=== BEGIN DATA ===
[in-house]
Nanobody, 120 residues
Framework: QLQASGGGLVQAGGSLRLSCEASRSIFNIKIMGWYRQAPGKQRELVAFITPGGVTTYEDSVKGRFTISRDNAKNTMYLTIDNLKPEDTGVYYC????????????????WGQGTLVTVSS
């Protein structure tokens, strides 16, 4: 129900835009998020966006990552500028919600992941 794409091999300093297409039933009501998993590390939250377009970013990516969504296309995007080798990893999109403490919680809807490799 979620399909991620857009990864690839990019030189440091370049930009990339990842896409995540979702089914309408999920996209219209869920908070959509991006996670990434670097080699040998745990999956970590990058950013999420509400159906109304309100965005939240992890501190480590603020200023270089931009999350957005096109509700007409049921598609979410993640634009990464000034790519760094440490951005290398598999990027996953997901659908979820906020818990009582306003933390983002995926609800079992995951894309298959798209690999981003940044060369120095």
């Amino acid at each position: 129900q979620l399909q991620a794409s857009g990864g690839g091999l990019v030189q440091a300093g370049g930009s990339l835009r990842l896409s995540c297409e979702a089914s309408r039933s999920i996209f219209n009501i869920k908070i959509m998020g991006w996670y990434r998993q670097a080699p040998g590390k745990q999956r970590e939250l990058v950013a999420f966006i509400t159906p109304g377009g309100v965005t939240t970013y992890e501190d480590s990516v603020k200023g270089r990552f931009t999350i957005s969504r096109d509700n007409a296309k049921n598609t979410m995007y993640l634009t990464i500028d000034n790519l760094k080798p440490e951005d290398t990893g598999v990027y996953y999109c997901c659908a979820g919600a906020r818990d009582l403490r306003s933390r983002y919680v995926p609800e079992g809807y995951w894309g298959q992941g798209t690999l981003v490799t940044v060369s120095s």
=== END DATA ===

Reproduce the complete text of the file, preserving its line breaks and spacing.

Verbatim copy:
[in-house]
Nanobody, 120 residues
Framework: QLQASGGGLVQAGGSLRLSCEASRSIFNIKIMGWYRQAPGKQRELVAFITPGGVTTYEDSVKGRFTISRDNAKNTMYLTIDNLKPEDTGVYYC????????????????WGQGTLVTVSS
């Protein structure tokens, strides 16, 4: 129900835009998020966006990552500028919600992941 794409091999300093297409039933009501998993590390939250377009970013990516969504296309995007080798990893999109403490919680809807490799 979620399909991620857009990864690839990019030189440091370049930009990339990842896409995540979702089914309408999920996209219209869920908070959509991006996670990434670097080699040998745990999956970590990058950013999420509400159906109304309100965005939240992890501190480590603020200023270089931009999350957005096109509700007409049921598609979410993640634009990464000034790519760094440490951005290398598999990027996953997901659908979820906020818990009582306003933390983002995926609800079992995951894309298959798209690999981003940044060369120095």
């Amino acid at each position: 129900q979620l399909q991620a794409s857009g990864g690839g091999l990019v030189q440091a300093g370049g930009s990339l835009r990842l896409s995540c297409e979702a089914s309408r039933s999920i996209f219209n009501i869920k908070i959509m998020g991006w996670y990434r998993q670097a080699p040998g590390k745990q999956r970590e939250l990058v950013a999420f966006i509400t159906p109304g377009g309100v965005t939240t970013y992890e501190d480590s990516v603020k200023g270089r990552f931009t999350i957005s969504r096109d509700n007409a296309k049921n598609t979410m995007y993640l634009t990464i500028d000034n790519l760094k080798p440490e951005d290398t990893g598999v990027y996953y999109c997901c659908a979820g919600a906020r818990d009582l403490r306003s933390r983002y919680v995926p609800e079992g809807y995951w894309g298959q992941g798209t690999l981003v490799t940044v060369s120095s």